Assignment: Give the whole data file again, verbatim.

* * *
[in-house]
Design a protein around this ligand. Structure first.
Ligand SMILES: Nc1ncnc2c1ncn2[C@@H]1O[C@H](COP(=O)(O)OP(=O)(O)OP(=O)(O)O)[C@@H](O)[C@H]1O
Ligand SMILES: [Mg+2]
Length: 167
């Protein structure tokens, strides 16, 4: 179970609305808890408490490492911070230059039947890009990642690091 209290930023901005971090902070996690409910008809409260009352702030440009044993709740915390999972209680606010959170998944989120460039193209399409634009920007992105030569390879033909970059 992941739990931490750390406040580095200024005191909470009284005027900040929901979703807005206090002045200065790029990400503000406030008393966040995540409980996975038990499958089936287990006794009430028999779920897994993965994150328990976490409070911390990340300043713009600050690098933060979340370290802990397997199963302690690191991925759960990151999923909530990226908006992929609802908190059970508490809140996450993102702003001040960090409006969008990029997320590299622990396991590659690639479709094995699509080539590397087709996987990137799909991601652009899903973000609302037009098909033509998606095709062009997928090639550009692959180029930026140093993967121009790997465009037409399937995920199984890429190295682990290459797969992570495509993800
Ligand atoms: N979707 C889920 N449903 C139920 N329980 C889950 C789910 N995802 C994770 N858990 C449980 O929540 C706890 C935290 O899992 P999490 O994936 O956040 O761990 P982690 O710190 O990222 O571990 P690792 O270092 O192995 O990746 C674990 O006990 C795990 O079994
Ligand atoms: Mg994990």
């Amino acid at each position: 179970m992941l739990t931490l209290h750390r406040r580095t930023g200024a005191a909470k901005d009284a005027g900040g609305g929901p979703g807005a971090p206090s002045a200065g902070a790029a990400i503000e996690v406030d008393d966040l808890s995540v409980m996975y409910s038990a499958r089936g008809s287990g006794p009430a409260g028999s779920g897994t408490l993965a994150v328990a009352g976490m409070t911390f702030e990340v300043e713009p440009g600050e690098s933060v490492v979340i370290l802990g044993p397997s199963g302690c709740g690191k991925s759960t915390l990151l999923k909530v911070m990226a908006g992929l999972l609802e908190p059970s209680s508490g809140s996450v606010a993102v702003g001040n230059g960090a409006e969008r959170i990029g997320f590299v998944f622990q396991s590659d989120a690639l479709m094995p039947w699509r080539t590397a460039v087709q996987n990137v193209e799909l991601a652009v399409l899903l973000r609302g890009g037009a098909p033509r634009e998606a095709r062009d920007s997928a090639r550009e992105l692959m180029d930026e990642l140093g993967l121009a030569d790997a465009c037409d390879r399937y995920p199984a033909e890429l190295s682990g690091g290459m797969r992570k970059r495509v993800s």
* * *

[in-house]
Design a protein around this ligand. Structure first.
Ligand SMILES: Nc1ncnc2c1ncn2[C@@H]1O[C@H](COP(=O)(O)OP(=O)(O)OP(=O)(O)O)[C@@H](O)[C@H]1O
Ligand SMILES: [Mg+2]
Length: 167
């Protein structure tokens, strides 16, 4: 179970609305808890408490490492911070230059039947890009990642690091 209290930023901005971090902070996690409910008809409260009352702030440009044993709740915390999972209680606010959170998944989120460039193209399409634009920007992105030569390879033909970059 992941739990931490750390406040580095200024005191909470009284005027900040929901979703807005206090002045200065790029990400503000406030008393966040995540409980996975038990499958089936287990006794009430028999779920897994993965994150328990976490409070911390990340300043713009600050690098933060979340370290802990397997199963302690690191991925759960990151999923909530990226908006992929609802908190059970508490809140996450993102702003001040960090409006969008990029997320590299622990396991590659690639479709094995699509080539590397087709996987990137799909991601652009899903973000609302037009098909033509998606095709062009997928090639550009692959180029930026140093993967121009790997465009037409399937995920199984890429190295682990290459797969992570495509993800
Ligand atoms: N979707 C889920 N449903 C139920 N329980 C889950 C789910 N995802 C994770 N858990 C449980 O929540 C706890 C935290 O899992 P999490 O994936 O956040 O761990 P982690 O710190 O990222 O571990 P690792 O270092 O192995 O990746 C674990 O006990 C795990 O079994
Ligand atoms: Mg994990």
């Amino acid at each position: 179970m992941l739990t931490l209290h750390r406040r580095t930023g200024a005191a909470k901005d009284a005027g900040g609305g929901p979703g807005a971090p206090s002045a200065g902070a790029a990400i503000e996690v406030d008393d966040l808890s995540v409980m996975y409910s038990a499958r089936g008809s287990g006794p009430a409260g028999s779920g897994t408490l993965a994150v328990a009352g976490m409070t911390f702030e990340v300043e713009p440009g600050e690098s933060v490492v979340i370290l802990g044993p397997s199963g302690c709740g690191k991925s759960t915390l990151l999923k909530v911070m990226a908006g992929l999972l609802e908190p059970s209680s508490g809140s996450v606010a993102v702003g001040n230059g960090a409006e969008r959170i990029g997320f590299v998944f622990q396991s590659d989120a690639l479709m094995p039947w699509r080539t590397a460039v087709q996987n990137v193209e799909l991601a652009v399409l899903l973000r609302g890009g037009a098909p033509r634009e998606a095709r062009d920007s997928a090639r550009e992105l692959m180029d930026e990642l140093g993967l121009a030569d790997a465009c037409d390879r399937y995920p199984a033909e890429l190295s682990g690091g290459m797969r992570k970059r495509v993800s």